Survey of American Catholic Priests, 1985
CitationHoge, D. R. (2021, October 5). Survey of American Catholic Priests, 1985.
SummaryThis survey, part of a larger study of the priest shortage, uses important components from the 1970 National Opinion Research Center (NORC) priest survey conducted by Greeley and Schoenherr. One-third of the dioceses and religious institutes from the earlier survey were randomly selected. Questionnaires were sent to 28 dioceses and 29 institutes, with a return rate of 86.8 percent or N=1,062.
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Data FileCases: 1062
Weight Variable: 163)WT
In 1970 Schoenherr and Greeley oversampled large dioceses and used a weighting formula to redress the proportions of priests from large and small dioceses. This research used the same weights, taken directly from Schoenherr's research reports (pp. 440-441 from Schoenherr's 1989 report, The Catholic Priest in the U.S.: Demographic Investigations by Richard Schoenherr and Lawrence Young). When both diocesan and religious priests were studied together, this study weighted the two types to be sure their proportions were correct.
Funded ByThe Lilly Endowment, Inc.
Collection ProceduresSelf-administered mail surveys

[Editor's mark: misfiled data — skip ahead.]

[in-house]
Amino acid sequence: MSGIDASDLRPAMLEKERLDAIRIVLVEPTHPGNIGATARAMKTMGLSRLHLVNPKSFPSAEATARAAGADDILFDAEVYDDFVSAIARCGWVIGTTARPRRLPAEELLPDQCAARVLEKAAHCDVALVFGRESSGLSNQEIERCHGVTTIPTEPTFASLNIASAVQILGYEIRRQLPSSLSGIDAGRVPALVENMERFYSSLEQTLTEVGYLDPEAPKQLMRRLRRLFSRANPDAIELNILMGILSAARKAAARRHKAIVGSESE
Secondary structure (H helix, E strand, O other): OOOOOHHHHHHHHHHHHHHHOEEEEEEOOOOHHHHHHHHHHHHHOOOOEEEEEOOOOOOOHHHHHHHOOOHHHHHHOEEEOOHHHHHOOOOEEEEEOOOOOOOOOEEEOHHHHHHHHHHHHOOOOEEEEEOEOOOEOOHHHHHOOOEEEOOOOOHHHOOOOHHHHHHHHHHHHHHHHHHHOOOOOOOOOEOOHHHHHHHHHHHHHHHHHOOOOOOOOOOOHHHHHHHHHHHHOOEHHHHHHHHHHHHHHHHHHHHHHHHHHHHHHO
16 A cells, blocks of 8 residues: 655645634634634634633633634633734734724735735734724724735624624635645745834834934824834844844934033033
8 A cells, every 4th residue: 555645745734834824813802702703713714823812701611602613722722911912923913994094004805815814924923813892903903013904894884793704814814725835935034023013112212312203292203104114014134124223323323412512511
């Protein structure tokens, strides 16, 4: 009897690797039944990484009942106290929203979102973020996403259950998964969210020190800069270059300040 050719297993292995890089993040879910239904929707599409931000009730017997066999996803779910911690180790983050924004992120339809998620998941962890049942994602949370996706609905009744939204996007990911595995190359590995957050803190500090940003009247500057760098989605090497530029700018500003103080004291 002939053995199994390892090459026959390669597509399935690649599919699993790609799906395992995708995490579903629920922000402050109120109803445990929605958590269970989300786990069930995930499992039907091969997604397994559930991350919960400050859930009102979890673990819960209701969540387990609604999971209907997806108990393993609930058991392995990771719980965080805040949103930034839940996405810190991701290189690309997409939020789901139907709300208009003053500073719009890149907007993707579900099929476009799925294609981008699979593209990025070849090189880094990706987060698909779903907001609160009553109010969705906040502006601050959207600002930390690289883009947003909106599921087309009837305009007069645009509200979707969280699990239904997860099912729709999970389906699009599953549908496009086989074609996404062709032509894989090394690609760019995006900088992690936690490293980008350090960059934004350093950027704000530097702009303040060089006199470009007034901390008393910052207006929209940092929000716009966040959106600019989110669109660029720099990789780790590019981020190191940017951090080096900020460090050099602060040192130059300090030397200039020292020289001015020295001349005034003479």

Sampling ProceduresIn 1970 a National Opinion Research Center team set out to survey a random sample of American priests at the request of the National Conference of Catholic Bishops. "The researchers used a stratified two-stage cluster sample with probabilities proportional to size. In the first-stage sample, 85 of the 155 American dioceses and 91 of the 252 self-governing units of religious institutes were selected. In the second-stage sample, 7,260 of the approximately 64,000 American priests were selected, 5,155 of whom returned usable questionnaires, yielding a response rate of 71 percent.
The data for the 1985 analysis were collected during the spring and summer of 1985. The study was designed to be a partial replication of the 1970 study, involving a smaller sample and shorter questionnaire. From the dioceses and religious institutes contained in the first-stage of the 1970 survey approximately one-third were randomly sampled. From the lists of priests they supplied, 12.5 percent were selected randomly, resulting in total of 1,224. Of these, 1,062 returned usable questionnaires resulting in a response rate of 87 percent." (Verdieck, Shields, and Hoge, 1988, p. 526).
Principal InvestigatorsDean R. Hoge
Related PublicationsHoge, Dean R., Joseph J. Shields, and Mary Jeanne Verdieck. 1988. "Changing Age Distribution and Theological Attitudes of Catholic Priests, 1070-1985," Sociological Analysis 49:3 264-280.
Verdieck, Mary Jeanne, Joseph J. Shields, and Dean R. Hoge. 1988. "Role Commitment Processes Revisited: American Catholic Priests 1970 and 1985," Journal for the Scientific Study of Religion 27:4 524-535.